Good Morning. This is Ian Hoyer with the Gallatin National Forest Avalanche Forecast on Saturday, December 14th at 7:00 a.m. Today’s forecast is sponsored by Beartooth Powder Guides and Swiss Fit Montana. This forecast does not apply to operating ski areas.
There is only a trace to an inch of new snow this morning. Winds are westerly at 5-15 mph. Temperatures are in the single digits to high teens F. Several pulses of light snowfall today and tonight will drop an inch or 2 around West Yellowstone and Cooke City, and 2-4” near Bozeman and Big Sky. Temperatures will rise to the high teens to low-20s F. Winds will be 10-20 mph out of the west and northwest under cloudy skies.
Yesterday, in Taylor Fork, Alex found challenging riding conditions with a foot of newer snow over very weak snow at the base of the snowpack. He got unstable test results and saw a recent avalanche that broke 1000 ft wide (video). I found similar conditions on Thursday at Buck Ridge (video) as did Dave earlier in the week at Lionhead (video). The exact composition of the weak layers varies a little, but the overarching story is the same – multiple layers of weak snow are capped by a foot or more snow that fell over the last week. This is an unstable recipe. You can trigger avalanches remotely from below or from adjacent low angle terrain. With CONSIDERABLE avalanche danger today, avoid riding on or below steep slopes.
In Cooke City yesterday, riders remotely triggered a large avalanche from the flats below a steep slope (details). It broke 2 ft deep, likely on the weak layer of facets mid-pack (video, photo). Recent avalanches are the clearest sign of instability. The potential to remotely trigger a slide means you need to give yourself an extra large safety margin. Give steep slopes a wide berth today. The avalanche danger is CONSIDERABLE.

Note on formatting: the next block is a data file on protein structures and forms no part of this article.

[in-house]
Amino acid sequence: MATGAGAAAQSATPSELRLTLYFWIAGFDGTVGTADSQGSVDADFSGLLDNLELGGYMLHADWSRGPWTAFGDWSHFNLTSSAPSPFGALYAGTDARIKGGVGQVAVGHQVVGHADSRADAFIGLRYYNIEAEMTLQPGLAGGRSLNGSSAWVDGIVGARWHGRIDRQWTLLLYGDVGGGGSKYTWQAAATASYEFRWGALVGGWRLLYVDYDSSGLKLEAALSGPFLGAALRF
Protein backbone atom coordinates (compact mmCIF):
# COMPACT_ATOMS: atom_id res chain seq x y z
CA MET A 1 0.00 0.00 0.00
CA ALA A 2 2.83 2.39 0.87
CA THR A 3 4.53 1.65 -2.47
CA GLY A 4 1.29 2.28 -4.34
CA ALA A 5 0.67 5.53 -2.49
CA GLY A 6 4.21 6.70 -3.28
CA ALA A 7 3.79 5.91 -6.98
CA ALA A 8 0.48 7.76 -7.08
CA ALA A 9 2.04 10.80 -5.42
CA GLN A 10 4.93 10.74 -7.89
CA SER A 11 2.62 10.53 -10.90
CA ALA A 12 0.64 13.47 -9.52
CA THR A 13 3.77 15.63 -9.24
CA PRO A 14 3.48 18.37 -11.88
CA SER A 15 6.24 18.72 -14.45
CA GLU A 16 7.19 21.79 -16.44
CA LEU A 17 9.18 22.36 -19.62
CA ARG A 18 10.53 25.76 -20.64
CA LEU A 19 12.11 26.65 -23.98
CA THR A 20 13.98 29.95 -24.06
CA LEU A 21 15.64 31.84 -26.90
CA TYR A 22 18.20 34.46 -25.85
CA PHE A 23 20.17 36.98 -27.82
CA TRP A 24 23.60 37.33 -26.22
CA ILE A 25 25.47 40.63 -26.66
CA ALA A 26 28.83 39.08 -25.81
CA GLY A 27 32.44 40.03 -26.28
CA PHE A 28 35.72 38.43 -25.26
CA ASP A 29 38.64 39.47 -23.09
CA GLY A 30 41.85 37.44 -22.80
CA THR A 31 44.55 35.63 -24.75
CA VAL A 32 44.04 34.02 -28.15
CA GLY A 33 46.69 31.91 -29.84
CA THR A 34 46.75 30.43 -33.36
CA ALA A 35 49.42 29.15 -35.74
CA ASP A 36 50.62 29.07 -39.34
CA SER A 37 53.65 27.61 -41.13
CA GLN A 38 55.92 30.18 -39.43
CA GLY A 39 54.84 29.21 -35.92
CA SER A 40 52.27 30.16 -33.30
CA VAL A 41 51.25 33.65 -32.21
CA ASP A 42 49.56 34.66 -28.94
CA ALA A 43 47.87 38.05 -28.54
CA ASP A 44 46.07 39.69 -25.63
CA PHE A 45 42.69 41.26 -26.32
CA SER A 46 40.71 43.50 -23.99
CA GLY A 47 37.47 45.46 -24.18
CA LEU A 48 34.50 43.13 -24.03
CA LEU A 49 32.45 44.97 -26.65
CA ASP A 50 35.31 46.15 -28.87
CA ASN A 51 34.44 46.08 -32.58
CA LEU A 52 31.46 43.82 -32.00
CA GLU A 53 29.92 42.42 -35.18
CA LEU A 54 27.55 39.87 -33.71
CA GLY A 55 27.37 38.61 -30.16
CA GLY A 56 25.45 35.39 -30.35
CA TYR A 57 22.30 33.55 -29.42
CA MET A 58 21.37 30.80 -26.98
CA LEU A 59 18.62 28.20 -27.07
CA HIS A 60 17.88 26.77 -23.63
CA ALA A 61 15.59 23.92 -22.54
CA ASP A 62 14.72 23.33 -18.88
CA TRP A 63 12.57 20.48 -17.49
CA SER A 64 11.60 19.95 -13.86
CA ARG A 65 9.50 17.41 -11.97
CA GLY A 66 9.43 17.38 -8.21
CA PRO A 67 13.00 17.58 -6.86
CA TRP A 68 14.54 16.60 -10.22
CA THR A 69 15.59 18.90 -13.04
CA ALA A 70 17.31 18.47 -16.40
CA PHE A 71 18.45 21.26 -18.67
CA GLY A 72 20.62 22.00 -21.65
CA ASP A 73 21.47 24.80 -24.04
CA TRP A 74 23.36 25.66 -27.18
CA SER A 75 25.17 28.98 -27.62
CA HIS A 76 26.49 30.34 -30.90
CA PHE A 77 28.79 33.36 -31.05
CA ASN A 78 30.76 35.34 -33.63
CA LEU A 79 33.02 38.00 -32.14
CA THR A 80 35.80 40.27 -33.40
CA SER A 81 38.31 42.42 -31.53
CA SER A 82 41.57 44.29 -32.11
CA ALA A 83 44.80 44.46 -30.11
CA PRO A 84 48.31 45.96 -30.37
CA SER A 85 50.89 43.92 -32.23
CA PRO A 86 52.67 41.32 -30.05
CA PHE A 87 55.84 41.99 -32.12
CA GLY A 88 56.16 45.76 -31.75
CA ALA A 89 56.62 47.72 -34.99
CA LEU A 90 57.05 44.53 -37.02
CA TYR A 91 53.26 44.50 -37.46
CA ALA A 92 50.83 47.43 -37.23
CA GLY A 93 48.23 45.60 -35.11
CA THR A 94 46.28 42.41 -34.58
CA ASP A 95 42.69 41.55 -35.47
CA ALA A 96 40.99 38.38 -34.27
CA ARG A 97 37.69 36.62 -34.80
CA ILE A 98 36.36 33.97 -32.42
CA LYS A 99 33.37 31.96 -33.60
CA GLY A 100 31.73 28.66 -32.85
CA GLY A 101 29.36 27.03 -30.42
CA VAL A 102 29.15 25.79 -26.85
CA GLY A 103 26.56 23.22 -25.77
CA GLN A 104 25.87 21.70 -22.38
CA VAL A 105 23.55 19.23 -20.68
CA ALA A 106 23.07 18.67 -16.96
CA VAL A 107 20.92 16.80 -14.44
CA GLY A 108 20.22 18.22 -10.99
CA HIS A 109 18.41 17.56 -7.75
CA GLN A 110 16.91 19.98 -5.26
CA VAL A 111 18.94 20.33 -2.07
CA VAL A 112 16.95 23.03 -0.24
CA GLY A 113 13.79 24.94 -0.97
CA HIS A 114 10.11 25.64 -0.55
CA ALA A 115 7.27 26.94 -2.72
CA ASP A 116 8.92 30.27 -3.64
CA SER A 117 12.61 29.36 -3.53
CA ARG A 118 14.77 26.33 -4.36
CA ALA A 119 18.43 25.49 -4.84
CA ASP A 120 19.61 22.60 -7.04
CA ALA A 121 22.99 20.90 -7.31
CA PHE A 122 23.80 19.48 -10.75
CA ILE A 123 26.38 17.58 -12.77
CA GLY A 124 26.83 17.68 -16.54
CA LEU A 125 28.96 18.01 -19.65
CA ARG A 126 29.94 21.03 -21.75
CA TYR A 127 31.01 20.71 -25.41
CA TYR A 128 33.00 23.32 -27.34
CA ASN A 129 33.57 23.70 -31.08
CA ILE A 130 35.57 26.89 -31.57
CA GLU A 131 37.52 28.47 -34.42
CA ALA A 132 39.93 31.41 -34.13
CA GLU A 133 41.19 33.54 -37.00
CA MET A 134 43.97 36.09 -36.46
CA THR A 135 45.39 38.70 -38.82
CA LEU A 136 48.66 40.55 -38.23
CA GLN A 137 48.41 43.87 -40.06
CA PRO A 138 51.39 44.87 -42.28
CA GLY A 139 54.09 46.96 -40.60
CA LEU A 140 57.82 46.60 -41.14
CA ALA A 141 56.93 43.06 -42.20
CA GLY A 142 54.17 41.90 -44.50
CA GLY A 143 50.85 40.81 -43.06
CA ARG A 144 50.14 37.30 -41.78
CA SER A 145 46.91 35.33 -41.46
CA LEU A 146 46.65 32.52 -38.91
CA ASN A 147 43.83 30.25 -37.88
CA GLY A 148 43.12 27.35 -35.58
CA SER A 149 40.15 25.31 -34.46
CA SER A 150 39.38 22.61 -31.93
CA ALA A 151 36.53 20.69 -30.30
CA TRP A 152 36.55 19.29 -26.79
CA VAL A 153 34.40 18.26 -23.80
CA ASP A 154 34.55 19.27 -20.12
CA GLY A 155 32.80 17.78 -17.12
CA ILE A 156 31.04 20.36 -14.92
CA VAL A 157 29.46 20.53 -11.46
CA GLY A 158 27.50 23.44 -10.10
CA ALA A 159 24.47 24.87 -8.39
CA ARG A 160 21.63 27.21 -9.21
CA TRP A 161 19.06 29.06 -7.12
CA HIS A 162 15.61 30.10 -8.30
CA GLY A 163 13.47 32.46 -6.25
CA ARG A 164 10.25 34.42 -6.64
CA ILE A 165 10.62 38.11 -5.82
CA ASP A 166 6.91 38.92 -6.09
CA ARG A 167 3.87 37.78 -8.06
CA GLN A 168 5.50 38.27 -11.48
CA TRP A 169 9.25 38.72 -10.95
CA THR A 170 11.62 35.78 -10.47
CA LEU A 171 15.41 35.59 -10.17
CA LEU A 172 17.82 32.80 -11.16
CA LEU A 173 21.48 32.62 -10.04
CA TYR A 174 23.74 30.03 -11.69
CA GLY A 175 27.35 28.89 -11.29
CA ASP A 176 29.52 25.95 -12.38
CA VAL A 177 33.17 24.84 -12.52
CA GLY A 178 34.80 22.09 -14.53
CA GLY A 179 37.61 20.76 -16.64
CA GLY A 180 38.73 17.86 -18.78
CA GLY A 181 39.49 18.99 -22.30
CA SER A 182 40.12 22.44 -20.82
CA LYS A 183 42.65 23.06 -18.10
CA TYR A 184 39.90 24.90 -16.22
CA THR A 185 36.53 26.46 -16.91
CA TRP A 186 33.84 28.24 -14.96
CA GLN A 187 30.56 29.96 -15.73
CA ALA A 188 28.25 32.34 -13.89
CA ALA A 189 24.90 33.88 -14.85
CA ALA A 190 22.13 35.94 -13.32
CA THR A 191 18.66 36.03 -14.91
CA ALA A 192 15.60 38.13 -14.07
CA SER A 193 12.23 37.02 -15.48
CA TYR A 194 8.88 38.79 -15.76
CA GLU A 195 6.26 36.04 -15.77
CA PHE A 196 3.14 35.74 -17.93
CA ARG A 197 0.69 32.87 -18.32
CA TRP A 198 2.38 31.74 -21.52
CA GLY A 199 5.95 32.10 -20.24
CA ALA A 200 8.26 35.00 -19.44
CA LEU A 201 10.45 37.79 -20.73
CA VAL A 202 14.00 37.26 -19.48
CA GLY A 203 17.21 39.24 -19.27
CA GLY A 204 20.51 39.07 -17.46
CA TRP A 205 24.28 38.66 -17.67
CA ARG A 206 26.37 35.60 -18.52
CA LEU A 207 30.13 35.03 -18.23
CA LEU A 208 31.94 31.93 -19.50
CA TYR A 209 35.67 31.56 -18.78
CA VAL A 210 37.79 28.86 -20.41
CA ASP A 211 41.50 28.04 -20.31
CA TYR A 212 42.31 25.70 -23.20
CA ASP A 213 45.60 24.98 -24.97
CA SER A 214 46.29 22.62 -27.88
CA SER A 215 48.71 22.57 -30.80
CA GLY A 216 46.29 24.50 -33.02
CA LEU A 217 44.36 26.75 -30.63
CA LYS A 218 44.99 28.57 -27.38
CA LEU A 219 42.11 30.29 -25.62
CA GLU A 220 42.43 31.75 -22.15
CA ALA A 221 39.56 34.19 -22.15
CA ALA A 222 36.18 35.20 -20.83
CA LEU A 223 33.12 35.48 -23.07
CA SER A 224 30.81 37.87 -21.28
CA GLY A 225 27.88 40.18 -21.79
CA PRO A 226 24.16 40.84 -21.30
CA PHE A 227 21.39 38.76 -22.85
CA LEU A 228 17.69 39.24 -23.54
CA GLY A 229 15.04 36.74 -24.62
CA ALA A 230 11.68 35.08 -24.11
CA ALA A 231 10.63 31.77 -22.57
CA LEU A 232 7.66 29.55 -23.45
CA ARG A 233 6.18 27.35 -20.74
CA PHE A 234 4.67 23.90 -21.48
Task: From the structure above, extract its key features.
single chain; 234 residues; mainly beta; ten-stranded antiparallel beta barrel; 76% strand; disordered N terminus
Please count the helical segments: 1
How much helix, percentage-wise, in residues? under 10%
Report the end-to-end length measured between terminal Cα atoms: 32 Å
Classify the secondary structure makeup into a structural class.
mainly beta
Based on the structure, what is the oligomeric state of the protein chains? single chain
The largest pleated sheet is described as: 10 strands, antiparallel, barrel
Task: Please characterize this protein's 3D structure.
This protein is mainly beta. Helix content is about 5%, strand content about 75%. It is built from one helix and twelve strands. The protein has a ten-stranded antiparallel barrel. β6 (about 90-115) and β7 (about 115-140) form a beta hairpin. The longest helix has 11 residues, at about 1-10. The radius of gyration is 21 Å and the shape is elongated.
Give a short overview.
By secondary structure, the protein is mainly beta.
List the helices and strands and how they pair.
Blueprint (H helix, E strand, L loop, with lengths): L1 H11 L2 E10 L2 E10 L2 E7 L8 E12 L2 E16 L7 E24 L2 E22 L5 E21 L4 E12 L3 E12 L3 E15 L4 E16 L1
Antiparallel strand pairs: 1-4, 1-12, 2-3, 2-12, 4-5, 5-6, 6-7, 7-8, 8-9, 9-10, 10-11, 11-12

In the Bridger Range, there is a weak layer of faceted snow buried around a foot deep. We haven’t seen much activity on this layer recently, but it still merits caution, especially on slopes where it is buried deeper and capped by a hard windslab (video). Yesterday, skiers in the northern Bridgers were surprised by an unstable test result on this layer. Triggering a large avalanche is possible and the avalanche danger is rated MODERATE.
Avalanche concerns in the northern Gallatin Range are limited to windloaded slopes (video). Skiers on Blackmore yesterday got a very unstable test result (ECTP8) under the new snow on a windloaded slope and chose to play it safe by skiing back down their skin track. Search for signs of instability (particularly cracking wind slabs and unstable test results) and dial back your terrain choices if you find it. The avalanche danger is MODERATE on wind-loaded slopes and LOW on all other slopes.
If you get out, please send us your observations no matter how brief. You can fill out an observation form, email us (email@example.com), leave a VM at 406-587-6984, or Instagram (#gnfacobs).
Upcoming Avalanche Education and Events
Our education calendar is full of awareness lectures and field courses. Check it out and plan to attend one or two: Events and Education Calendar.
December 18, 1-hr Avalanche Awareness, 6-7 p.m. at Uphill Pursuits.
Every Friday and Saturday, Snowpack Update and Rescue Training. Friday, 6:30-7:30 p.m. at the Soda Butte Lodge. Saturday anytime between 10-2 @ Round Lake.
December 17, 1-hr Avalanche Awareness, 6-7 p.m. Elevated Powersports.
December 19, 1-hr Avalanche Awareness, 7-8 p.m. at Choteau High School.
Check out this report of a close call with an avalanche in Alaska. A solo hiker was caught and buried for over an hour before being dug out by a passer-by. While we're glad it had a happy outcome, it’s a good reminder to always carry rescue gear and go with a partner to tilt the odds in your favor.